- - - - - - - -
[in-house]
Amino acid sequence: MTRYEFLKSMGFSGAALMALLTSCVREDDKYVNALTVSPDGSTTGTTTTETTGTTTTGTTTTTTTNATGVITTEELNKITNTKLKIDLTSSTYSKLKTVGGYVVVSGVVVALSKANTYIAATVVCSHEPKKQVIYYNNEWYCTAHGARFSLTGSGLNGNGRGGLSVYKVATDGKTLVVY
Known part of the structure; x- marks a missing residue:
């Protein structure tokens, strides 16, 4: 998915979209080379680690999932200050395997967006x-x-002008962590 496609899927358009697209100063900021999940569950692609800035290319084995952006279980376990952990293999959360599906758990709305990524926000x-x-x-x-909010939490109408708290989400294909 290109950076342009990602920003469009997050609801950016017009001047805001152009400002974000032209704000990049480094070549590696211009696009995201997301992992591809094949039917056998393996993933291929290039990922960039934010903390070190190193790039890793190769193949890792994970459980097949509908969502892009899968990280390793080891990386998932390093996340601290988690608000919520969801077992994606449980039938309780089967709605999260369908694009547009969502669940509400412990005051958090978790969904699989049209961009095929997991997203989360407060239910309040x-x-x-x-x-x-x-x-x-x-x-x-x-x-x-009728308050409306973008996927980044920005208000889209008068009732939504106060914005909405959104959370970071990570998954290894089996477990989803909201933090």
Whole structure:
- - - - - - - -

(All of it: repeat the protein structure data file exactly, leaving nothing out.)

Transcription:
[in-house]
Amino acid sequence: MTRYEFLKSMGFSGAALMALLTSCVREDDKYVNALTVSPDGSTTGTTTTETTGTTTTGTTTTTTTNATGVITTEELNKITNTKLKIDLTSSTYSKLKTVGGYVVVSGVVVALSKANTYIAATVVCSHEPKKQVIYYNNEWYCTAHGARFSLTGSGLNGNGRGGLSVYKVATDGKTLVVY
Known part of the structure; x- marks a missing residue:
């Protein structure tokens, strides 16, 4: 998915979209080379680690999932200050395997967006x-x-002008962590 496609899927358009697209100063900021999940569950692609800035290319084995952006279980376990952990293999959360599906758990709305990524926000x-x-x-x-909010939490109408708290989400294909 290109950076342009990602920003469009997050609801950016017009001047805001152009400002974000032209704000990049480094070549590696211009696009995201997301992992591809094949039917056998393996993933291929290039990922960039934010903390070190190193790039890793190769193949890792994970459980097949509908969502892009899968990280390793080891990386998932390093996340601290988690608000919520969801077992994606449980039938309780089967709605999260369908694009547009969502669940509400412990005051958090978790969904699989049209961009095929997991997203989360407060239910309040x-x-x-x-x-x-x-x-x-x-x-x-x-x-x-009728308050409306973008996927980044920005208000889209008068009732939504106060914005909405959104959370970071990570998954290894089996477990989803909201933090």
Whole structure: